Facebook adds one-time passwords, remote logout
Using Facebook from a public computer that you think might be hacked? Log on from your phone, or give the site a rest. But if you can't or would rather not, the social network now provides two extra safeguards.
One, as explained in a blog post, is to have the site send a one-time password, good only for the next 20 minutes, in a text message to the mobile-phone number listed on your account's security-information page. To order up a one-time password, text "otp" to the site's usual short code, 32665 (or "fbook").
But after you add your mobile number, you'll want to switch over to your account's notifications page to stop the Palo Alto, Calif., company from messaging you about less important things. Here's a notification for Facebook management: When users adds their mobile numbers on an account-recovery page, it's sleazy and self-serving to assume they want to be texted about non-security issues.
It may also be a while before you can use this option, as the blog post advises: "We're rolling this out gradually, and it should be available to everyone in the coming weeks."
Facebook's other security upgrade allows you to log out of your account remotely from another computer -- useful if you log into Facebook from a computer or phone that's public or belongs to someone else and then forget to sign out. To do that, log in (from a computer you know to be secure), select your account settings, and click the Account Security header. When you see a login listed that you don't recognize -- say, a report that "you" last logged on from St. Petersburg, Russia -- you can click an "End Activity" button to shut down that session.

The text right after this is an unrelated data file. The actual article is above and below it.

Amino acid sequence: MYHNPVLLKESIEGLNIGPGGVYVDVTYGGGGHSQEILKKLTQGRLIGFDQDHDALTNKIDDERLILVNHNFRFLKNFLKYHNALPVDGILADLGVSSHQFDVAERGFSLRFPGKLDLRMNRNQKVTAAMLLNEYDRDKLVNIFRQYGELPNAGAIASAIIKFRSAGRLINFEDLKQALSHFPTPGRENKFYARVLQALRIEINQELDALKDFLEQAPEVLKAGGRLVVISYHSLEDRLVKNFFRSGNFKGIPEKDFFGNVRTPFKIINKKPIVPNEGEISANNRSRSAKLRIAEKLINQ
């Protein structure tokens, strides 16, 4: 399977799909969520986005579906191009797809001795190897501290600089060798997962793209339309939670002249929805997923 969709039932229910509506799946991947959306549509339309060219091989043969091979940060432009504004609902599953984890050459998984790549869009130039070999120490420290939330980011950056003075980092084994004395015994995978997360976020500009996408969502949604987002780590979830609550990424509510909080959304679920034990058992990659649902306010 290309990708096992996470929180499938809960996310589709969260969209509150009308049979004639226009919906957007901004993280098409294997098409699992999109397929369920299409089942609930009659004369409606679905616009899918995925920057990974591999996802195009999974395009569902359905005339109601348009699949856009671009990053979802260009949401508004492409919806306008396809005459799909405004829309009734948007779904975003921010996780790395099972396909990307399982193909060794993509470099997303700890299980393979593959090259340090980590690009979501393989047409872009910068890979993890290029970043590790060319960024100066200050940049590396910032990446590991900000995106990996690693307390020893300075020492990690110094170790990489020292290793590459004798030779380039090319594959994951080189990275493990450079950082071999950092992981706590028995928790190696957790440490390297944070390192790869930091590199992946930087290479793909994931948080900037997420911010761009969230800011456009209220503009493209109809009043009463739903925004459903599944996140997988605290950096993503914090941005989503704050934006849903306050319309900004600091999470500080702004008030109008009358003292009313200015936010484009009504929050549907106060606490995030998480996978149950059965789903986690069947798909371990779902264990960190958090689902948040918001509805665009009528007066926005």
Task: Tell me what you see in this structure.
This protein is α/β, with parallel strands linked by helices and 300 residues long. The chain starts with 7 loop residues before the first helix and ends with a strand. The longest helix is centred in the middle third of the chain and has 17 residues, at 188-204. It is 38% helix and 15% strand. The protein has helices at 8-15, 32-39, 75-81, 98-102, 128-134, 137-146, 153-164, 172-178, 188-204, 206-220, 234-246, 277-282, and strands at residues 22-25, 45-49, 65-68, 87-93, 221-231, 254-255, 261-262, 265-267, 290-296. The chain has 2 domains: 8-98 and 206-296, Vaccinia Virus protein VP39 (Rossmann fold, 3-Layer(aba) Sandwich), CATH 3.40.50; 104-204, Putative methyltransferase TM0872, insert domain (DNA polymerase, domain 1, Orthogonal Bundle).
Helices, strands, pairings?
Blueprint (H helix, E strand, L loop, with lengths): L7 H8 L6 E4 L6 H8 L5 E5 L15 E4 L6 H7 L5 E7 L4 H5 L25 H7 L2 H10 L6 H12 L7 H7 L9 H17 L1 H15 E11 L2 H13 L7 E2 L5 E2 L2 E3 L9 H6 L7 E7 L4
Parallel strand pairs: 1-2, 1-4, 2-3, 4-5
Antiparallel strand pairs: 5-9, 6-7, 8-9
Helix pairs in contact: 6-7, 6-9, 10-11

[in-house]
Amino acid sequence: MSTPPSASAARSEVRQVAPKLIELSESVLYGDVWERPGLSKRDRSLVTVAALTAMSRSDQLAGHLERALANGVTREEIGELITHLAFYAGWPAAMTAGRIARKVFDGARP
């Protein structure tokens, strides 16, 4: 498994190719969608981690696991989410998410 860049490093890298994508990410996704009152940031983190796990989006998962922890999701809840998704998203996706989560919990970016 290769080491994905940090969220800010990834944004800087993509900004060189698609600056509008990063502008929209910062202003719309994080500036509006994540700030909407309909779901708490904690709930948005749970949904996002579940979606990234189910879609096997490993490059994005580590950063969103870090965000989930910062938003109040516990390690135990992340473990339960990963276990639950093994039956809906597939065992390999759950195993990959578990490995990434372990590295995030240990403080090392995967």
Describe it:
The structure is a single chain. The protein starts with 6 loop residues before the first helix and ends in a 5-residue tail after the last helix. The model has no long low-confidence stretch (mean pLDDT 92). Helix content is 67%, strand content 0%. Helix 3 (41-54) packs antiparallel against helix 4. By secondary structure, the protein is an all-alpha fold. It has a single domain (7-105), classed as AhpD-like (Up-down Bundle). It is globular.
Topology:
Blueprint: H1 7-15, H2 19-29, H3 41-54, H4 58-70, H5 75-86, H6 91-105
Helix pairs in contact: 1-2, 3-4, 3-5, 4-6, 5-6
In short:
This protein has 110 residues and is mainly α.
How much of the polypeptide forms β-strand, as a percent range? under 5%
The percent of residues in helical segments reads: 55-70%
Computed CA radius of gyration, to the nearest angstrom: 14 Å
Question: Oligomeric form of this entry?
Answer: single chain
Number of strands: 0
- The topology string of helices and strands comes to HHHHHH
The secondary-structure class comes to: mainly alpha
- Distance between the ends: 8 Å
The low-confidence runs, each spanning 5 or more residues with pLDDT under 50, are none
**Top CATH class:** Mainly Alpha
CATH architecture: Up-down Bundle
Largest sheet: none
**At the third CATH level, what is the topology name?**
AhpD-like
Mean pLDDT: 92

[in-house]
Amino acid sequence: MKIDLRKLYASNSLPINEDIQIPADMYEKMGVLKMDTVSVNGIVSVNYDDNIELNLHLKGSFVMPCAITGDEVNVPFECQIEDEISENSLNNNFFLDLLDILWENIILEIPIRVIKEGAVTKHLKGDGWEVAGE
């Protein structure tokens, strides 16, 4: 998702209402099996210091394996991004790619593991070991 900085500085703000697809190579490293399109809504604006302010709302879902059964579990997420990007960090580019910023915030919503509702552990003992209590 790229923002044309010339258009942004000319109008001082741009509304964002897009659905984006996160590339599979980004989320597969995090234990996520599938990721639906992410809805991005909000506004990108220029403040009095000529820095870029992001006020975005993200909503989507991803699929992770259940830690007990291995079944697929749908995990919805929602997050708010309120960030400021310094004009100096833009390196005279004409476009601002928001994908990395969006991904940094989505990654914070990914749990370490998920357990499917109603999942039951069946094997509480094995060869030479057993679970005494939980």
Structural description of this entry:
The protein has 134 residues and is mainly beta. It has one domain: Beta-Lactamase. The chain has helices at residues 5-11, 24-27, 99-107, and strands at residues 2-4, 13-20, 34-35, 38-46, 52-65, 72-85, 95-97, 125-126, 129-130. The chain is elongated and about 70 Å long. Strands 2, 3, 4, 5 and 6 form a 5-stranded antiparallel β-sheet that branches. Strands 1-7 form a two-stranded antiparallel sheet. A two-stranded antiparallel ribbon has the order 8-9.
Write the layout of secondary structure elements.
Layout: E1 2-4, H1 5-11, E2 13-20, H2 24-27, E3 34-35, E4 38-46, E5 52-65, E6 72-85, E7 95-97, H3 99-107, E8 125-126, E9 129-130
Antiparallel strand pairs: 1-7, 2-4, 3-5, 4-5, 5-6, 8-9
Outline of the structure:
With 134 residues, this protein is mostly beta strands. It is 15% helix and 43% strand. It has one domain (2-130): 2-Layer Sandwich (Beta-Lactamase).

(Disclaimer: I'm tired of having to write the same old disclaimer that Washington Post Co. chairman Don Graham sits on Facebook's board of directors. Haven't you all memorized that by now?)
I like both of today's security measures -- aside from the clumsy, spammy way Facebook treats users who add their mobile numbers. But I also think they suffer the generic defect of all optional security features: The people most likely to to take these extra steps are often the ones less likely to get hoodwinked by a hack.
Have you or somebody you know had a Facebook account compromised lately? How did it happen, if you know? And how, if ever, were you able to recover it?
| October 12, 2010; 5:04 PM ET
Categories: Privacy, Security, Social media
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Posted by: dkf747 | October 13, 2010 12:25 PM | Report abuse